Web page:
Preface revised 12/04/07 00.020 - Page 1 Advanced Directives and Do Not Attempt Resuscitation Orders
E. It is always appropriate to provide comfort measures as indicated.
F. Oregon Death with Dignity Act: If a person who is terminally ill appears to have
ingested medication under the provisions of the Oregon Death with Dignity Act, the 1. Provide comfort care, as indicated.
2. Determine who called 9-1-1 and why (i.e., to control symptoms or because the
person no longer wishes to end their life with the medication).
3. Establish the presence of DNAR orders and/or documentation that this was an
action under the provisions of the Death with Dignity Act.
4. Contact OLMC.
5. Withhold resuscitation, if:
a. DNAR orders are present, and
b. There is evidence that this is within the provisions of the Death with Dignity
c. OLMC agrees.
A. Do Not Attempt Resuscitation Order (DNAR): An order written by a physician
stating that in the event of cardiopulmonary arrest, cardiopulmonary resuscitation
will not be administered. DNAR orders apply only if the patient is pulseless and B. Health Care Instruction: A document executed by a person to indicate the person’s
instructions regarding health care decisions.
C. Advance Directive: A document that contains a health care instruction or a power of

D. Living Will: A document that may confirm an Advance Directive or Directive to
Physician informing her/him that if the patient has a terminal illness and death is imminent, the patient would not wish to be placed on artificial life support that will only prolong the process of dying. In general, the traditional Living Will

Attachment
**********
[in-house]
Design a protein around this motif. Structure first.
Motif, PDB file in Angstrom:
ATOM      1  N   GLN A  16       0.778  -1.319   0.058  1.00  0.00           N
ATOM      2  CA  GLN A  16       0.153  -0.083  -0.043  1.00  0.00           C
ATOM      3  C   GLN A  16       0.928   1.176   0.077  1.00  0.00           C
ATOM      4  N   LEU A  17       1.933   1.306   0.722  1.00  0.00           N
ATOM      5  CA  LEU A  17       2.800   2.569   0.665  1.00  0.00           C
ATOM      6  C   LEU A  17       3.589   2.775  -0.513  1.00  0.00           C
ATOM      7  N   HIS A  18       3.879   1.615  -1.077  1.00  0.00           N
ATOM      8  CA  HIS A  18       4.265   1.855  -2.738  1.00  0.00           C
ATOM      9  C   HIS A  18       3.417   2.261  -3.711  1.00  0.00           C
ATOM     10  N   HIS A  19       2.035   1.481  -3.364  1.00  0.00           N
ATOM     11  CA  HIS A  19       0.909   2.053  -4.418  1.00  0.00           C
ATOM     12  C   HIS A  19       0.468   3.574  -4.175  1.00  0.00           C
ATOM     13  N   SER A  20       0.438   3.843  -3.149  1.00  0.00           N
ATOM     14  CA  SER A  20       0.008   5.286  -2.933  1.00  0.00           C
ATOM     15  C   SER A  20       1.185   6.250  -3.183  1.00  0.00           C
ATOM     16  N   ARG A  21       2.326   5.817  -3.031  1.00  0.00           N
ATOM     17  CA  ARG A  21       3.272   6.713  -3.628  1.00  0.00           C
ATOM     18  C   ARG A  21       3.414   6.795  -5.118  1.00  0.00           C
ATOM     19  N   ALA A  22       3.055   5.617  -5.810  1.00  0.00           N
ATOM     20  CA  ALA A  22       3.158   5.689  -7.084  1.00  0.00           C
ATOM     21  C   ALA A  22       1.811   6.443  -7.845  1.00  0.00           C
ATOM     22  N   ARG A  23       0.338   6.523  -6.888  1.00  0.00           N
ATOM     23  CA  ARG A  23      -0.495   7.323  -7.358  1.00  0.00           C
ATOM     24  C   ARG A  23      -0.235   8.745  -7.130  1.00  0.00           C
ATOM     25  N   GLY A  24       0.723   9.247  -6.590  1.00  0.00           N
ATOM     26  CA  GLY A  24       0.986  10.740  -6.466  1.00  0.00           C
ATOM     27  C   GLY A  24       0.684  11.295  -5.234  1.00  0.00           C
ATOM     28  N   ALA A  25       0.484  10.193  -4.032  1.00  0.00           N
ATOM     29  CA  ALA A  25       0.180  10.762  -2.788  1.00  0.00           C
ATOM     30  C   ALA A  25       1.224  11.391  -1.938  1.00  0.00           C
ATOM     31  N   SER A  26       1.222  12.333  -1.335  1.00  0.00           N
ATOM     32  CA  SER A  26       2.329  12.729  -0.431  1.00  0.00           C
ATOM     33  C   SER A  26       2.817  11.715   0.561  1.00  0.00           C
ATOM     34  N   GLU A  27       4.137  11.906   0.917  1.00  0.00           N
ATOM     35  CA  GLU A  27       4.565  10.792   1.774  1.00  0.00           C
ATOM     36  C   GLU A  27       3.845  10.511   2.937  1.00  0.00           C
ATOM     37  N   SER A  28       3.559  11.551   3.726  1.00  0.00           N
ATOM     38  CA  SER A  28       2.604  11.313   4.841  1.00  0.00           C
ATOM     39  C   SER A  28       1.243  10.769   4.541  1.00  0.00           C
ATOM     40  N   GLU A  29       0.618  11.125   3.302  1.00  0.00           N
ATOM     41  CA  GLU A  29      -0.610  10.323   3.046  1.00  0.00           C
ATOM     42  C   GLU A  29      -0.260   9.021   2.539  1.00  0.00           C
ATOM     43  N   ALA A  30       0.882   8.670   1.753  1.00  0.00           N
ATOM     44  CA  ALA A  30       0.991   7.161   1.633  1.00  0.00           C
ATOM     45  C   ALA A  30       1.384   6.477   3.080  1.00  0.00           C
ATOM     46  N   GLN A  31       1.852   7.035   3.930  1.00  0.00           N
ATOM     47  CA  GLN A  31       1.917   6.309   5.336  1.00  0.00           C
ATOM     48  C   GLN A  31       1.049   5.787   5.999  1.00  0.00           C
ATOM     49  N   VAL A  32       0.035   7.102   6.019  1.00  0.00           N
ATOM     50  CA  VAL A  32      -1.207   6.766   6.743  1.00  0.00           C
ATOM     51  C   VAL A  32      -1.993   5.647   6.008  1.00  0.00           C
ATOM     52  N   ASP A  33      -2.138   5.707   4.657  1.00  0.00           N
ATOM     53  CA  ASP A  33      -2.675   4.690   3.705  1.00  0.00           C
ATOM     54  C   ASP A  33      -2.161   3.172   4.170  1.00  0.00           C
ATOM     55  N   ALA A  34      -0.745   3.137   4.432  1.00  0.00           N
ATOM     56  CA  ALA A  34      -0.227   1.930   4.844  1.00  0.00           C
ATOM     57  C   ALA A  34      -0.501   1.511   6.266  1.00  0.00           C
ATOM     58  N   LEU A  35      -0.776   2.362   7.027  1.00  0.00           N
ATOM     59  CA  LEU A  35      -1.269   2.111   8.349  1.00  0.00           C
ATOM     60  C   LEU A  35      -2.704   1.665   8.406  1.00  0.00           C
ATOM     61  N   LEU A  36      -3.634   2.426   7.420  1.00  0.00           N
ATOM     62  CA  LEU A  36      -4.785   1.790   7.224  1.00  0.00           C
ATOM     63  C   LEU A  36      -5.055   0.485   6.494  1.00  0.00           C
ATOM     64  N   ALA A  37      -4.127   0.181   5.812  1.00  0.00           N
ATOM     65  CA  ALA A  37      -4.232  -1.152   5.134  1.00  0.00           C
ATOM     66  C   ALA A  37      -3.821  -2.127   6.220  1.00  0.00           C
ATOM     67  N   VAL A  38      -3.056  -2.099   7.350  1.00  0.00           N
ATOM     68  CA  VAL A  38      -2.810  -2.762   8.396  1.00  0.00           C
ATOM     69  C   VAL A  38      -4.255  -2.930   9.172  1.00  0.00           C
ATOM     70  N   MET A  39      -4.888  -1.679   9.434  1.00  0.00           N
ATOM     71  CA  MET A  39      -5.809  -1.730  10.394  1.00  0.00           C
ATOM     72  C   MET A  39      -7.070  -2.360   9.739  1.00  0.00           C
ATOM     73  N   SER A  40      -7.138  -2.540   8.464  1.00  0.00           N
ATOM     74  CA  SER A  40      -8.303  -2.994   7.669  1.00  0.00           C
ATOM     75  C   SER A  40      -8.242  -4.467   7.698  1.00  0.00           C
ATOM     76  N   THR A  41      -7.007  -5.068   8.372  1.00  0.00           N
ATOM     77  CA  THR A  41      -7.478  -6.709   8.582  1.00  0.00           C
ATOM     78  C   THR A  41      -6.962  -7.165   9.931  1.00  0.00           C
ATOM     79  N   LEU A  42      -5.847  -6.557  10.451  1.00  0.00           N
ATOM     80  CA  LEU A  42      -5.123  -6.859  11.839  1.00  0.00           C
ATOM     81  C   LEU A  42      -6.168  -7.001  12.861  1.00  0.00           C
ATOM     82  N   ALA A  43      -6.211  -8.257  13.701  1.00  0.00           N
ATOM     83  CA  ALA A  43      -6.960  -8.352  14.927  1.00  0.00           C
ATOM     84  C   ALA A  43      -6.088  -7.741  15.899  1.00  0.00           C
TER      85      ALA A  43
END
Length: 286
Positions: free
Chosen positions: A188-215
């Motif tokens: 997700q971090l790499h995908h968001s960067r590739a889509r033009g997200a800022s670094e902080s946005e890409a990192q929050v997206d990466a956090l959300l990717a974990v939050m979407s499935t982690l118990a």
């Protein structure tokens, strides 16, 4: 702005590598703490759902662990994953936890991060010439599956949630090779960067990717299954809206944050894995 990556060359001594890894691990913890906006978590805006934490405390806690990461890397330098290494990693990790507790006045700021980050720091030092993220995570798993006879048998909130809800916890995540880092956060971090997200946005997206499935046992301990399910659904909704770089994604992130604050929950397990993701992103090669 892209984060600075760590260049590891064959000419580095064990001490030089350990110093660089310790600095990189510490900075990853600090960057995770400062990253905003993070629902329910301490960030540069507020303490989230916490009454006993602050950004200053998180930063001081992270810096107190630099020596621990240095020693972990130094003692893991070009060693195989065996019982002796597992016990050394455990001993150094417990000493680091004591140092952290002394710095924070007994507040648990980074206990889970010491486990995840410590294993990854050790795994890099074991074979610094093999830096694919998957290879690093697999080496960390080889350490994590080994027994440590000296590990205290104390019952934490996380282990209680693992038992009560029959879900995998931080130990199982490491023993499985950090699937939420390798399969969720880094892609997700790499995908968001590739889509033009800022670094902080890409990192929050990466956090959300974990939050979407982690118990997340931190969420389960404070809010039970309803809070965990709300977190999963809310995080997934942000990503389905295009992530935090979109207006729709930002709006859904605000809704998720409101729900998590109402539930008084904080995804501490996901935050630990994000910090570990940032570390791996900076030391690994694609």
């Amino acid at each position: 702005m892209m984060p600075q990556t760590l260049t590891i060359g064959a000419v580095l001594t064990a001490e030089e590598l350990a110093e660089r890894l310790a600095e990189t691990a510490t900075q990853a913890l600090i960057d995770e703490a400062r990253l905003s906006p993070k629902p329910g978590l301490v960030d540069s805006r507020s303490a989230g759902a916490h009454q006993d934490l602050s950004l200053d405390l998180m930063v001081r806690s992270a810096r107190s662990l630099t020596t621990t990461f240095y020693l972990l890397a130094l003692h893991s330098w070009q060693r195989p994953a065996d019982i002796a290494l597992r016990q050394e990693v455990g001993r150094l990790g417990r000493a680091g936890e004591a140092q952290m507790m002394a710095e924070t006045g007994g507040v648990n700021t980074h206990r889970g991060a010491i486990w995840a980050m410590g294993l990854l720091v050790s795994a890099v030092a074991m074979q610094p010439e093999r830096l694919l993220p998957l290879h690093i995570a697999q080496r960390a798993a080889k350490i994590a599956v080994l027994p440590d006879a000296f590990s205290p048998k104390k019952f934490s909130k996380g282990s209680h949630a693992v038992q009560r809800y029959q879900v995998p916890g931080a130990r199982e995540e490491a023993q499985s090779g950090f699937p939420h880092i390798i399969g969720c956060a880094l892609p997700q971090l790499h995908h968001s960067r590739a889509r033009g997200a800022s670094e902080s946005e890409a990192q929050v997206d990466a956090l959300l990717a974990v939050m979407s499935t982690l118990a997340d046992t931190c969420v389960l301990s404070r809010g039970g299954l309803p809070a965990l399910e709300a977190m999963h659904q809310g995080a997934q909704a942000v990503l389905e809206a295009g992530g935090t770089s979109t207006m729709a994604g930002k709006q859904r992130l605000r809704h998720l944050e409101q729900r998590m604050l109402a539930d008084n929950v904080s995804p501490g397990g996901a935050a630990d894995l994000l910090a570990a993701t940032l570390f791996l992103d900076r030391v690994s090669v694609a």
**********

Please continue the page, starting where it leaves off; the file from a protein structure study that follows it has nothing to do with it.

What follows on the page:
document alone is not helpful in the out-of-hospital setting because of its
multiple restrictions and lack of clarity on when it should take effect.
E. Attorney in Fact: An adult appointed to make health care decisions for a person.
F. Power of Attorney for Health Care (PAHC): Power of attorney document
that authorizes an attorney-in-fact to make health care decisions for a person when the Preface revised 12/04/07 Advanced Directives and Do Not Attempt Resuscitation Orders
G. Physician Orders for Life-Sustaining Treatment (POLST): The POLST is a

voluntary form, which was developed to document and communicate patient treat ment preferences across treatment settings. 1. It includes a section for documentation of DNAR orders and a section communicating patient preferences for EMS care. 2. While these forms are most often used to limit care, they may also indicate that the patient wants everything medically appropriate done. 3. Read the form carefully!